I consider it reasonable that if I have any intention of defending myself with a firearm, I should practice with it until such actions become every bit as rote as other methods of defense people spend countless hours and dollars training with.

Some spend years training in martial arts. I train with firearms because to me, those are the best tools available. I do not ‘fear’ attack any more than someone who trains in martial arts for both recreation and self defense. I see it as just being prepared.

Absolutely not. A person who is not willing to put in countless hours and dollars to be able to safely have, carry, or use a defense gun, or is not comfortable with the same, shouldn’t do it.

This is the position that was put forth in one of the NRA magazines, also. That whatever choice you make regarding self-defense, you’d better put a lot of care and thought into it and be willing to train yourself to use it correctly.

Like I said, I don’t ‘fear’ being attacked. I never did. I recognize it as something that is possible, just as it is possible that my house my catch fire or my car may crash on the highway. I chose a firearm for self-defense. Others choose mace, martial arts, keychain alarms, a dog, a security system, etc.

It’s a matter of personal choice. The only thing that I find irritating is when someone likens my choice to penis envy.

Nowhere is the trust that law abiding gun owners place in other law abiding citizens with firearms so evident as at an public outdoor range. You walk a hundred yards to put up your target and trust the total stranger at the next bench not to fire or fuck up while you’re down range. :wink:

Freedom, for me, is a minimum of laws telling me what to do and what not to do.

I realize that some laws are necessary for a society to function, but I’m an adherent of the old saw that I should be free to swing my fist as much as I want, unless it comes into contact with someone’s nose.

Or, I should be free to do whatever I want as long as it hurts no one else or infringes on their freedom to do what they want.

It has nothing to do with guns, BTW, except that gun ownership is a freedom that Americans enjoy, and should be allowed to enjoy as long as they don’t misuse that freedom.

And of course, people likely to misuse it should not have that freedom, either. Don’t issue driving licenses to the blind, but to trained, sighted drivers who have demonstrated their ability.

Freedom to say what I like, worship how I choose, freedom from oppression of any kind.

Read the Bill of Rights (and the U.S. Constitution, BTW) and you’ll get a good idea of what I think freedom is.

Some people will tell you it is freedom to have that option to kill or mame people when ‘required’.

Others will tell you they would rather the freedom of being able to walk around without fear of the former exercising their freedom.

I am in the latter camp, but thats just me.

Having grown up in the country, I love the freedom of being able to go walkabout across paddocks and through the bush. Some countries you cannot do this because of land mines, bears, militia, geurillas or paranoid farmers with guns to protect themselves from bears.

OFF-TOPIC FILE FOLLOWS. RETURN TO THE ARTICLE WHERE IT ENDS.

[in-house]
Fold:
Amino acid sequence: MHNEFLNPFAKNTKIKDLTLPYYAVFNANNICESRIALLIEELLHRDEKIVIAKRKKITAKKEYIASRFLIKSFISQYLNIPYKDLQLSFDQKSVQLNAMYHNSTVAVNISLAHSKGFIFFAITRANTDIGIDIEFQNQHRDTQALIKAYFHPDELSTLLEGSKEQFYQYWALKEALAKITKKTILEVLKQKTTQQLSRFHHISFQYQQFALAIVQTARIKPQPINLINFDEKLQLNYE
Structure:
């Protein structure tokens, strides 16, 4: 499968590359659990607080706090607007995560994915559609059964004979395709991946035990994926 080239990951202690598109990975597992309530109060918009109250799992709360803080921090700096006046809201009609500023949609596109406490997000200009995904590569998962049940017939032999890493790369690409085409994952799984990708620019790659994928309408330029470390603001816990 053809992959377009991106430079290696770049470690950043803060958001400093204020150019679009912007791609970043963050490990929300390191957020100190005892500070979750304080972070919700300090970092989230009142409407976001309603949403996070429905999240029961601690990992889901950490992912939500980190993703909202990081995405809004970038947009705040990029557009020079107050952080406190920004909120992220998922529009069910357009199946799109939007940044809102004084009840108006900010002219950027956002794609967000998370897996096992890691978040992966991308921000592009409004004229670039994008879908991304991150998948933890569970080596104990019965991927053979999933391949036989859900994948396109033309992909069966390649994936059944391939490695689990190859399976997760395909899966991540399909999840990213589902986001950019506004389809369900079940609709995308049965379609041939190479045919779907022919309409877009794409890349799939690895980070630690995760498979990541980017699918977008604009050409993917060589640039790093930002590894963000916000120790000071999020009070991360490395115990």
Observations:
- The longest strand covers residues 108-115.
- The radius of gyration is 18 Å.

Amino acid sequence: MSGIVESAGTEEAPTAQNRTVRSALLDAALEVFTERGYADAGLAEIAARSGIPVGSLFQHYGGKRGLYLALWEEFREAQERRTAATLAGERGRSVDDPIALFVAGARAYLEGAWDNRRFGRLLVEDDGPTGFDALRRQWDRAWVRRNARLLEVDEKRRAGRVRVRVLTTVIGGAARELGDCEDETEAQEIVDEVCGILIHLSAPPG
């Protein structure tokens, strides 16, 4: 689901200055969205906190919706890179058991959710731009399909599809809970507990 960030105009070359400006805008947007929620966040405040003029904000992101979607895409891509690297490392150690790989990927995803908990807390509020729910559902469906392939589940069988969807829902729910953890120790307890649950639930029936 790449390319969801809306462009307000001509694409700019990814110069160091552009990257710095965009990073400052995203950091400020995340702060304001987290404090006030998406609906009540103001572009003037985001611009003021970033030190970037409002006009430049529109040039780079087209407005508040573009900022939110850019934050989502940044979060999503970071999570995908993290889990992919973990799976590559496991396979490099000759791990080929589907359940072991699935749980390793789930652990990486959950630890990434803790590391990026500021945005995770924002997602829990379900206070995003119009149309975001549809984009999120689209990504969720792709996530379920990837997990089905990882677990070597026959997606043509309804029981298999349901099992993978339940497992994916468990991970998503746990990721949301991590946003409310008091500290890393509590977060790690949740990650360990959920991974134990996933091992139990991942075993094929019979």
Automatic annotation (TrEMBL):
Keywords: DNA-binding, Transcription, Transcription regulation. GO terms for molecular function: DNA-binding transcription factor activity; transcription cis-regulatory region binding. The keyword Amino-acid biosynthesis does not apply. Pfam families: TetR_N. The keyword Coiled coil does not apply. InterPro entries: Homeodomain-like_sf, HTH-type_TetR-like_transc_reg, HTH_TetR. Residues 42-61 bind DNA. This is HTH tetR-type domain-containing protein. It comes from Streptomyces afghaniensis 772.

Wow, I didn’t realize it was that bad ‘down under.’ No wonder the Queen took away all your guns!

It’s different here in the U.S. Maybe you ought to immigrate. We can walk around free from that kind of fear here.

For every person murdered in the UK, three more are murdered in the US.

For this reason, I was more fearful of being killed when in the US. I began to wish for some freedom from this fear, a major source of which I thought was this curious insistence that people be “free” to keep their guns at home or even in their very pocket at all times, rather than in a club vault or some other designated place for sport.

When I returned to the UK I felt more free from this particular fear.

Have you considered that the relative size of the US as well as cultural factors such as the way the US prosecutes the ‘war on drugs’ may have something to do with this difference?

If your numbers are correct, and the murder rate in the US is 4 times what it is in the UK, that’s also because you’re dealing with a population about 5 times as large in the US.

I don’t see the need to turn over property I lawfullly own to a third party for ‘safe keeping’. Of course, anyone keeping a gun in their pocket is a moron. Carried firearms should be in holsters.

Being the regular, average citizen that I am, not involved in organized crime, drug trafficking or gangs, I have absolutely no reason to fear being shot to death, and damn near all my neighbors own firearms. They’re law abiding people. Why should I be afraid of them?

Why are you fearful of law abiding firearms owners?

The murder rate per capita is 4 times greater. In terms of absolute numbers it is 15 times greater. In terms of absolute numbers with firearms it is an incredible 134 times greater.

The UK has its own drugs and gangs, on a similar scale to the US. How is it that the total crime rate and assault rate are similar in the two countries but the murder rate is so vastly different? Something is making those crimes and assaults more lethal, agreed?